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Liability for Reliability

Dan Jacobson
By Dan Jacobson - 1/17/19 12:26 AM

The continuing turmoil in California regarding recent wildfires and utility liability raises an important question: When do reliability and safety transition from business and regulatory concerns to ones of risk management?

No matter the cause, electric faults will always be part of managing a distribution system. But sure to be scrutinized is the manner in which a utility prepares for and responds to events. The trends indicate a future where utilities and their executives may increasingly be held accountable for not exercising all means available to prevent damage from occurring.

Sensors provide a solution

Sensor technology certainly improves response times to events when they occur. If an animal, storm or equipment failure creates a fault on a remote section of line, it may take days to find the source and location without the information line sensors provide. Coupled with analytics that are able to determine the type and likely cause of the fault from information the sensor provides, this solution is the best available method to enable near real-time response to critical events.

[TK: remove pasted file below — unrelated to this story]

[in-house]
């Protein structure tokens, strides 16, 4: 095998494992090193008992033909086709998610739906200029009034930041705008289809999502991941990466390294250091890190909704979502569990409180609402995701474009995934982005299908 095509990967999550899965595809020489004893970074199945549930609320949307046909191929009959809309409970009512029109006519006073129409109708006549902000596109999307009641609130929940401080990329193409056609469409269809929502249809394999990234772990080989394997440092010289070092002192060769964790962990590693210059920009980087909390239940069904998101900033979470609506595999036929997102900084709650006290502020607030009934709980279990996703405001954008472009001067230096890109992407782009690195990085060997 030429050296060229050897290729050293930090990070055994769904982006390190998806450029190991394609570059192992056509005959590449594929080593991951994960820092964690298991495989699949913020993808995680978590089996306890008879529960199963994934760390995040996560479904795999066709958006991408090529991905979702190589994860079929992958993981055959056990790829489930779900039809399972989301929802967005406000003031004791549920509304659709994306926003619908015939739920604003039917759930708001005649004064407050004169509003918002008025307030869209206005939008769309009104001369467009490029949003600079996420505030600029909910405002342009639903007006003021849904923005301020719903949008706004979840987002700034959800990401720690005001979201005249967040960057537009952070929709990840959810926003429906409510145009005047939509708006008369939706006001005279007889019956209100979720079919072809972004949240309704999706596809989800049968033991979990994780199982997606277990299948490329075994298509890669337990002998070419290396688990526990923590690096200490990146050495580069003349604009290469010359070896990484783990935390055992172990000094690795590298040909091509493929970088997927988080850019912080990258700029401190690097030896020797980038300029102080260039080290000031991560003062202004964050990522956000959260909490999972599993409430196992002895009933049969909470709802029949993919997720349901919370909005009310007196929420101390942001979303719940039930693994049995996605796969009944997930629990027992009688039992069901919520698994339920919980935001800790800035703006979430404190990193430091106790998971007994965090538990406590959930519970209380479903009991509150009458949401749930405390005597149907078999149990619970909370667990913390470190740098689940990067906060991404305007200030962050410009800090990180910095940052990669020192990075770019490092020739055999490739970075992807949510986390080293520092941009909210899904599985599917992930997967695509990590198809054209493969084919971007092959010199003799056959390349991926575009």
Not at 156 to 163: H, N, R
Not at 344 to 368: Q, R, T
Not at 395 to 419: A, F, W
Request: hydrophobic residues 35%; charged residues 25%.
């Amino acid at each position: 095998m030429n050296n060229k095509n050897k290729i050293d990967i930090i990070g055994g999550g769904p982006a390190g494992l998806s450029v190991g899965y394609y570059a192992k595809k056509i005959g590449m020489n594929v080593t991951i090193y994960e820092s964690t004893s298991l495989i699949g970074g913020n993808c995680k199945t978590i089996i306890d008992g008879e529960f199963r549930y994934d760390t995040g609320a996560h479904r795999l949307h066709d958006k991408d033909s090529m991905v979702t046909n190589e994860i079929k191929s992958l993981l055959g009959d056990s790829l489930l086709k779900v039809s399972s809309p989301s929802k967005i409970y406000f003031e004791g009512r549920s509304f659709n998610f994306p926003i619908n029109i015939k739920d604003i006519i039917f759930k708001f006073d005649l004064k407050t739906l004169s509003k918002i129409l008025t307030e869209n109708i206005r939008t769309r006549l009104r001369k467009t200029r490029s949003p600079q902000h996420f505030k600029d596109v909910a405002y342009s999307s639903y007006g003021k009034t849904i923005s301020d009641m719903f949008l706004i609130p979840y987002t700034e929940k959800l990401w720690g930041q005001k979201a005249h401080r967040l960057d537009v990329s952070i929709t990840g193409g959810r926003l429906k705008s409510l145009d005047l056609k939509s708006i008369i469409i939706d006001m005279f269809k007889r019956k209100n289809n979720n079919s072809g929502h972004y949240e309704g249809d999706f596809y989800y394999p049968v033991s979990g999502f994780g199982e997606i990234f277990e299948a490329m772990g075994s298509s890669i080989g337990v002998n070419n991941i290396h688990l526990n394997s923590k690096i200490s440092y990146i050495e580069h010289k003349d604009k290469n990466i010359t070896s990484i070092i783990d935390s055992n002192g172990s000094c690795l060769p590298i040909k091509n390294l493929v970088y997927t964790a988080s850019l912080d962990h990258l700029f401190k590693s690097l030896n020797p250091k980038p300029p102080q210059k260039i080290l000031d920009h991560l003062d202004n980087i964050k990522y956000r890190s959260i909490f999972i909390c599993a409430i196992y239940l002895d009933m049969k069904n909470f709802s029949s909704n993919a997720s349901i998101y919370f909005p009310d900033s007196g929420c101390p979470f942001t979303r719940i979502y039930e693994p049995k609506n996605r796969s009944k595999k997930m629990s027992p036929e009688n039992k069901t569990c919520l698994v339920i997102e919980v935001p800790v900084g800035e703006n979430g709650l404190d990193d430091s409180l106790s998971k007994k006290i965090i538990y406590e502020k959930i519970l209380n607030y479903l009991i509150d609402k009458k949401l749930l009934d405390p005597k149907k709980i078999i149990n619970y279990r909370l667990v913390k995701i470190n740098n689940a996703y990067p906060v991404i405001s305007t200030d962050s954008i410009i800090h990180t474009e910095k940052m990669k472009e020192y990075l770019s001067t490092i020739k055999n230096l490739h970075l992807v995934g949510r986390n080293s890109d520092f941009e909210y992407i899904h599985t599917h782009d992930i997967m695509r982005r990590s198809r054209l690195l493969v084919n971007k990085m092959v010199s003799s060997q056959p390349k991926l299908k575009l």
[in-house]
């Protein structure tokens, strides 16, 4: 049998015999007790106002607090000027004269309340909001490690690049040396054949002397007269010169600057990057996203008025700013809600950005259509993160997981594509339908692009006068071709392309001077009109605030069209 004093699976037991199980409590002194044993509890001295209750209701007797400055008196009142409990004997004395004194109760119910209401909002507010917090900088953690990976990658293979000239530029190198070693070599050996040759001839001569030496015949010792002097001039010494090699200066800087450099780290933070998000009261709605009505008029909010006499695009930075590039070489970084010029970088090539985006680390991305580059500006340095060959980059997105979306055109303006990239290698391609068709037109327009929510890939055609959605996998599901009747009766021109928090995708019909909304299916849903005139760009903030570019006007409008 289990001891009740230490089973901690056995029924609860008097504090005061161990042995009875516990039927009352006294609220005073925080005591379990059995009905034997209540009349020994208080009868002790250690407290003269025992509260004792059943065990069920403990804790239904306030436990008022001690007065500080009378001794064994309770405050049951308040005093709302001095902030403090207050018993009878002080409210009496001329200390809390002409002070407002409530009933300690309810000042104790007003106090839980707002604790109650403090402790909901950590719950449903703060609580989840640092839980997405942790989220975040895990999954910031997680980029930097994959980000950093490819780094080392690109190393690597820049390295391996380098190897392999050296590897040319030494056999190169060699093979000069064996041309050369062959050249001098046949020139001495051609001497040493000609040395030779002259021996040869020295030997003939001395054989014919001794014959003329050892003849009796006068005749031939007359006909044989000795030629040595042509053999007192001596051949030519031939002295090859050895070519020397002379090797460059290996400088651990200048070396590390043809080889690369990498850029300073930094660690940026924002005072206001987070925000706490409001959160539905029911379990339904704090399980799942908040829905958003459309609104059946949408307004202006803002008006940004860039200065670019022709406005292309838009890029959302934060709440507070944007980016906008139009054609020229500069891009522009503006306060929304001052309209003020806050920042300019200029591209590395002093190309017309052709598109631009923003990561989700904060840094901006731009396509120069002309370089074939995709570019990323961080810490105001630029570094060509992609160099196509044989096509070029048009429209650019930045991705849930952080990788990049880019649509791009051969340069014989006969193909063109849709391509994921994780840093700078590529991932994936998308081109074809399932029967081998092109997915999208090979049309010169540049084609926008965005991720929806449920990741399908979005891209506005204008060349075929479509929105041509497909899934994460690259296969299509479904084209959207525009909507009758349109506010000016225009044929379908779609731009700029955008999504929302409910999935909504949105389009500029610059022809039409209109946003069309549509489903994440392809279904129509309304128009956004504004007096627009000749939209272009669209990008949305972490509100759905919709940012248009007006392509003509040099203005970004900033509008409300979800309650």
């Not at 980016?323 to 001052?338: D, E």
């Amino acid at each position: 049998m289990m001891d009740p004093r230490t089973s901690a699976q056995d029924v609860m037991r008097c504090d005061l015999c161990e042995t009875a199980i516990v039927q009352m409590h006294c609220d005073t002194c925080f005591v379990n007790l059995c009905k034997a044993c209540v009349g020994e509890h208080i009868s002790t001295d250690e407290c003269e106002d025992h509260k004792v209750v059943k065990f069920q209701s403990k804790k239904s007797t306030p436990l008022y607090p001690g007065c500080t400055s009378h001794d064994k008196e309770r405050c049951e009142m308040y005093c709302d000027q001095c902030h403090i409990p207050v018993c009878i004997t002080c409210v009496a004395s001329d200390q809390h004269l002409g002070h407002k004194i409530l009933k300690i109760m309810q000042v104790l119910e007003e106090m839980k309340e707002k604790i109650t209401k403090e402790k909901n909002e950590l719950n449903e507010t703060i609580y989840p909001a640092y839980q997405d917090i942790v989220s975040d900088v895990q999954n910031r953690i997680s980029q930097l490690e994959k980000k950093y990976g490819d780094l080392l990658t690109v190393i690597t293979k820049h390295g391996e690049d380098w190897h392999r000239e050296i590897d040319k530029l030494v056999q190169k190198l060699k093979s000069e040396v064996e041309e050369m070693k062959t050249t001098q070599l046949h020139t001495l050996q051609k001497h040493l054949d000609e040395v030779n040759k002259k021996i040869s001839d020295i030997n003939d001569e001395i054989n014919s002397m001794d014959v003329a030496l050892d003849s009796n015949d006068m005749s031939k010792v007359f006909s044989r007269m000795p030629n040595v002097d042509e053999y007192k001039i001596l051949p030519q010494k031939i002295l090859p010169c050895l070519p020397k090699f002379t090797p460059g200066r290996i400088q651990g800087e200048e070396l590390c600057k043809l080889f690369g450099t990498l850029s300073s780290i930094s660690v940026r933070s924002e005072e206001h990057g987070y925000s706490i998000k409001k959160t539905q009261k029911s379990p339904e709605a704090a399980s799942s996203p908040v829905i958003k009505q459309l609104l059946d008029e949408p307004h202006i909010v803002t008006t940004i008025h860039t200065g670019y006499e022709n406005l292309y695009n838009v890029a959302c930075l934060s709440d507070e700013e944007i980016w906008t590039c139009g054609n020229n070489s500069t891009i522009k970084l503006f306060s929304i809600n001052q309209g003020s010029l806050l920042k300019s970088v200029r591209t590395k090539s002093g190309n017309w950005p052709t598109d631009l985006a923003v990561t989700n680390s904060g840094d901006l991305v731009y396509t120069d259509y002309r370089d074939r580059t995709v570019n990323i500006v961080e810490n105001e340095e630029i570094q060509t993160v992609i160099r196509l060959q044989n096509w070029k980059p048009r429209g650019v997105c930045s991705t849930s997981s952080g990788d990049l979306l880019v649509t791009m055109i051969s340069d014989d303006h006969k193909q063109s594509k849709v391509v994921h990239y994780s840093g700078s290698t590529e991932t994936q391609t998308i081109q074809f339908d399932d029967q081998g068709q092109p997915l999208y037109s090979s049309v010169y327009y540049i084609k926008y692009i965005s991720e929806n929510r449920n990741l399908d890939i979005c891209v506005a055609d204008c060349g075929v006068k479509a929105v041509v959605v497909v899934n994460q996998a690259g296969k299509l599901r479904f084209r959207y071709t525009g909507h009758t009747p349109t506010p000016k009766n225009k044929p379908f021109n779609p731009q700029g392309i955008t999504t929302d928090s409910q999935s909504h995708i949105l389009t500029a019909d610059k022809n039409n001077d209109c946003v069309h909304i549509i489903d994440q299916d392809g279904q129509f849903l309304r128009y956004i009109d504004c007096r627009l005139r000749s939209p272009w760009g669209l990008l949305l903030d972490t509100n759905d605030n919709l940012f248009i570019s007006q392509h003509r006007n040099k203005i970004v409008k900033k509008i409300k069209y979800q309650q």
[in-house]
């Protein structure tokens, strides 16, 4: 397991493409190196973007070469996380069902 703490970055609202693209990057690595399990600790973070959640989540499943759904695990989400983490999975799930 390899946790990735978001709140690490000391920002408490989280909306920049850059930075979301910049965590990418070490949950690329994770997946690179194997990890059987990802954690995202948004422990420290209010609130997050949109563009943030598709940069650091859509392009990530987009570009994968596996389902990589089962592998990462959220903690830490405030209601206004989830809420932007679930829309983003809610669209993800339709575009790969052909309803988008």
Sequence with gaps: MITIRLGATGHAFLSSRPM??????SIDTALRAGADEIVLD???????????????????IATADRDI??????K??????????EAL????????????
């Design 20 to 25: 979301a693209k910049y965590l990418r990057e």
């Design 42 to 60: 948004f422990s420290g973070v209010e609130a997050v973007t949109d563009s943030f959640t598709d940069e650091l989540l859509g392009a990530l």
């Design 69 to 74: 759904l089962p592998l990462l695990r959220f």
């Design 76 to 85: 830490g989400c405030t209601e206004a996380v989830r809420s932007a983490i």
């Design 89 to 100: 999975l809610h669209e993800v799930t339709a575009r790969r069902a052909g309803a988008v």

From a recent article in FutureReady on self-healing grids, Kent Hedrick of Landis+Gyr had this to say, “One of the first things a utility should do is increase the visibility of their distribution grid through sensing. Planning will help a utility optimize the placement of sensors to maximize overall benefit.”  He added that circuit-level sensing is critical and something that likely can be done or augmented through smart metering.

Why is circuit-level sensing essential? “Utilities can use those sensors to locate, in a general vicinity or segment of line, where the fault occurred and shorten patrol time. Even better, they can bring in analytics and pinpoint exactly where the fault occurred. That’s the optimal solution.”